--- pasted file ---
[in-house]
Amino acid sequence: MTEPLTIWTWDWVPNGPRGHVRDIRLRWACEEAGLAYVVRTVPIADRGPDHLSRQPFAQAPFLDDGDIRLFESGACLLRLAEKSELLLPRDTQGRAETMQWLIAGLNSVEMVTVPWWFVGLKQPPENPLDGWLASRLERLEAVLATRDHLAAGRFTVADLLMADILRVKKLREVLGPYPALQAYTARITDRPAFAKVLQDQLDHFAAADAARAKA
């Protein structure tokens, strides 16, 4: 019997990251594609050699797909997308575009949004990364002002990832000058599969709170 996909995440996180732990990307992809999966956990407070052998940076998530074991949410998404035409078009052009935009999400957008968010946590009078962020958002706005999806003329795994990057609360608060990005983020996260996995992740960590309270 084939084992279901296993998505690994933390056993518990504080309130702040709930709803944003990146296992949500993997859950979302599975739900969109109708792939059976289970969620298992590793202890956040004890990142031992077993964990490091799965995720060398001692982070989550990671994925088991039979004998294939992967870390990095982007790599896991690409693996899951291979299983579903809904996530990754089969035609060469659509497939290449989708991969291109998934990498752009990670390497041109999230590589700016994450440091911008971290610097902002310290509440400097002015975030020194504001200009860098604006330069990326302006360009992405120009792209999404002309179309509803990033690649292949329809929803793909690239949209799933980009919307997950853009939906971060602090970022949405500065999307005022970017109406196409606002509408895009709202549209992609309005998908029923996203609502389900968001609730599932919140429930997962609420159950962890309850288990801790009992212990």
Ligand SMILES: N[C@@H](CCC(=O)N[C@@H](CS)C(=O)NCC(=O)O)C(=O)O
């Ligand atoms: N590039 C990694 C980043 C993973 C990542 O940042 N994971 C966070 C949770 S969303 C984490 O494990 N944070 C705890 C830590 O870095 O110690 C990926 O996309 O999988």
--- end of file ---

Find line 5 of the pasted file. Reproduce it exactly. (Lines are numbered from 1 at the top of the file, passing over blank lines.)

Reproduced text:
């Ligand atoms: N590039 C990694 C980043 C993973 C990542 O940042 N994971 C966070 C949770 S969303 C984490 O494990 N944070 C705890 C830590 O870095 O110690 C990926 O996309 O999988």